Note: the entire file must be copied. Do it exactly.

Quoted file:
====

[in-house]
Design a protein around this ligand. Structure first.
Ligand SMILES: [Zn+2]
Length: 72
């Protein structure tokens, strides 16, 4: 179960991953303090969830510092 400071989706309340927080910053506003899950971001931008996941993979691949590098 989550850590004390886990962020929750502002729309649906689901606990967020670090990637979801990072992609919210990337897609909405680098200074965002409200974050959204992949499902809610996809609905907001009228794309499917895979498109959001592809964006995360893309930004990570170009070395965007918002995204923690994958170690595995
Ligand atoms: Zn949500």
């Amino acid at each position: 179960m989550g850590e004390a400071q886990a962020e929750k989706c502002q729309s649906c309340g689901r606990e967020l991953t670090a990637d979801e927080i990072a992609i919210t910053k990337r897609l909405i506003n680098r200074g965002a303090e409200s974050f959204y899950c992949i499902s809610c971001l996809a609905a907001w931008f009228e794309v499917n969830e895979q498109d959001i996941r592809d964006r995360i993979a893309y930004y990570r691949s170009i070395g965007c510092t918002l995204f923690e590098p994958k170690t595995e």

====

[in-house]
Design a protein around this ligand. Structure first.
Ligand SMILES: [Zn+2]
Length: 72
């Protein structure tokens, strides 16, 4: 179960991953303090969830510092 400071989706309340927080910053506003899950971001931008996941993979691949590098 989550850590004390886990962020929750502002729309649906689901606990967020670090990637979801990072992609919210990337897609909405680098200074965002409200974050959204992949499902809610996809609905907001009228794309499917895979498109959001592809964006995360893309930004990570170009070395965007918002995204923690994958170690595995
Ligand atoms: Zn949500």
């Amino acid at each position: 179960m989550g850590e004390a400071q886990a962020e929750k989706c502002q729309s649906c309340g689901r606990e967020l991953t670090a990637d979801e927080i990072a992609i919210t910053k990337r897609l909405i506003n680098r200074g965002a303090e409200s974050f959204y899950c992949i499902s809610c971001l996809a609905a907001w931008f009228e794309v499917n969830e895979q498109d959001i996941r592809d964006r995360i993979a893309y930004y990570r691949s170009i070395g965007c510092t918002l995204f923690e590098p994958k170690t595995e």